Birthdate: 11 December 1961
Birthplace: Ayrshire, Scotland
Other clubs: Ayr United (1977-81), Notts County (1995), Sheffield Wednesday (1995-98), West Bromwich Albion (loan 1998), Doncaster Rovers (1998-99), Boston Bulldogs (1999)
Bought from: Ayr United
Signed for LFC: £300,000, 26.10.1981
International debut: 12.09.1984 vs. Yugoslavia
International caps: 27/0 - 11.09.1991
Liverpool debut: 31.08.1982
Last appearance: 05.10.1994
Debut goal: 22.10.1983
Last goal: 18.08.1993
Contract expiry: 20.01.1995
Win ratio: 54.49% W: 255 D: 123 L: 90
Games/goals ratio: 10.17
Total games/goals opposite LFC: 3 / 0
LFC league games/goals: 343 / 36
Total LFC games/goals: 468 / 46
Bob Paisley bought 19-year-old Steve Nicol in October 1981 as an eventual replacement for right-back Phil Neal. He cost £300,000 from Ayr United where he had been a part-time player and an out-of-work building labourer. Kenny Dalglish was not so impressed by his arrival: "Until then, the three Scots already at Anfield, Al, Graeme and me had been pretty well able to look after ourselves. We had built up an understanding that the Scots were the master race. We would quote historical facts to the English players to prove it. Some of the most important inventions and discoveries in the world came from from Scots, like television, the telephone, penicillin, the steam engine and tarmac. Not to mention those other wonders of the world, golf and whisky. Everything we had built up, he destroyed in 10 minutes because of the photograph that was taken of him when he signed. There he was with a tammy on, a silly Liverpool scarf and sillier grin. Unbelievable. Stevie was a lovely guy, a real one-off."
Nicol got his first taste of the first team three weeks after arriving at Liverpool in a friendly against an Irish International XI alongside other hopefuls such as Kevin Sheedy and Craig Johnston. He made 26 appearances in the Central league side in his first season in 1981/82 and featured four times for the first team in 1982/83. Nicol emerged as quite a player in the glorious 1983/84 season when Liverpool won the League, European Cup and the League Cup. Phil Neal was not to be moved from the back four, but Nicol slotted in at right midfield. He started 32 out of 67 games and came second in PFA's vote for the Most Promising Player of the Year behind Luton's Paul Walsh. His highlight could have so easily been his lowest point after coming on as a substitute for Johnston and playing 47 minutes in the European Cup final in Rome. He blazed over Liverpool's first penalty in the shoot-out, but thankfully Nicol ended on the winning side. He had still proved his courage in Liverpool's hour of need. Graeme Souness, who was his captain at Liverpool, was very impressed by Nicol. "This lad can play anywhere in the midfield or the back four. He can defend, tackle, he can head the ball, he can take players on and he can score goals and not only would it not surprise me if he eventually finished up in my old position at Liverpool but also I see him as a natural captain, lifting up the trophies for them as well. His only problem is that he is so honest and nice that he is easily wound up - and that can be fatal at Anfield. Stevie let himself in for a ribbing right from the start when he turned up for an away match at the team hotel with a teddy bear on top of his bag which read something like, "I am sad Sam, will you cuddle me and love me and make me happy?"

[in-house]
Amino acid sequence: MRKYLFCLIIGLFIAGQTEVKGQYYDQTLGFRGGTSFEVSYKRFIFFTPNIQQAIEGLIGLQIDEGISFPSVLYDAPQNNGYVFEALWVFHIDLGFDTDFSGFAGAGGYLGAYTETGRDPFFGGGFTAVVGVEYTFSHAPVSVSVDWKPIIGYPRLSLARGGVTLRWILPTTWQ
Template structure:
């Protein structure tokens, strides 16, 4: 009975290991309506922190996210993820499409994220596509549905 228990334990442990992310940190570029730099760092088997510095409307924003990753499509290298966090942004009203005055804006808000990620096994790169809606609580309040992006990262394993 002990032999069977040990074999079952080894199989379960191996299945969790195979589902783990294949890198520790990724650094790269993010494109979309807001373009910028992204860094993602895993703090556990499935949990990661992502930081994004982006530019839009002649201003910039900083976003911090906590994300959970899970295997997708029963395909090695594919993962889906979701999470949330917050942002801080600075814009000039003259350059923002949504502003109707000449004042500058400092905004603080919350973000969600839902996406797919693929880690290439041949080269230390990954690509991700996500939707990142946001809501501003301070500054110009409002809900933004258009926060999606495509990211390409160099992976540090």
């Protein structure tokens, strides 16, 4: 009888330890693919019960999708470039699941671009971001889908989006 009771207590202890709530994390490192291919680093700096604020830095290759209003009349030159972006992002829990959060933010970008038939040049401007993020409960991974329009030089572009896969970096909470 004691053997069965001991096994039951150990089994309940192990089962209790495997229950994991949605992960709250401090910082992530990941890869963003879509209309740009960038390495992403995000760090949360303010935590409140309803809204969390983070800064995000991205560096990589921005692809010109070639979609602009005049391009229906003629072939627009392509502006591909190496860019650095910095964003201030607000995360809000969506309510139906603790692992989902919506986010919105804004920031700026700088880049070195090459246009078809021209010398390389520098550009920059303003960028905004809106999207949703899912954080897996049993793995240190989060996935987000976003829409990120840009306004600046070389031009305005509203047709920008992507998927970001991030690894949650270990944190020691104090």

There are numerous stories on Nicol's "dimwittedness" and David Hodgson knew a couple as he told the LFC Magazine: "The Nic had size-12 feet. And Billy Mercer, a young goalkeeper, was the same size. The older pros used to give the kids the boots to wear in. So Steve gives those boots to Billy, who tries them on and realises the paper’s still in them. He takes the paper out, puts them back on and tells Steve later on that they’re great. ‘You’re joking?’, says the Nic. ‘They just won’t fit me.’" Hodgson added: "Have you heard the one where he stands on the scales with the shopping bags in his hands? Alan Hansen was there, they’d been out. The Nic says: ‘Christ, I’ve put a stone on!’ Hansen’s like: ‘But you’re holding two bags of groceries.’" When Nicol was asked if he wanted to put the record straight on some of these stories he could only confess: "All true, unfortunately. Although, about the weight one, that happened when my wife and I were on a cruise with Alan Hansen and his wife and it happened after a night out, so my marbles weren't all there."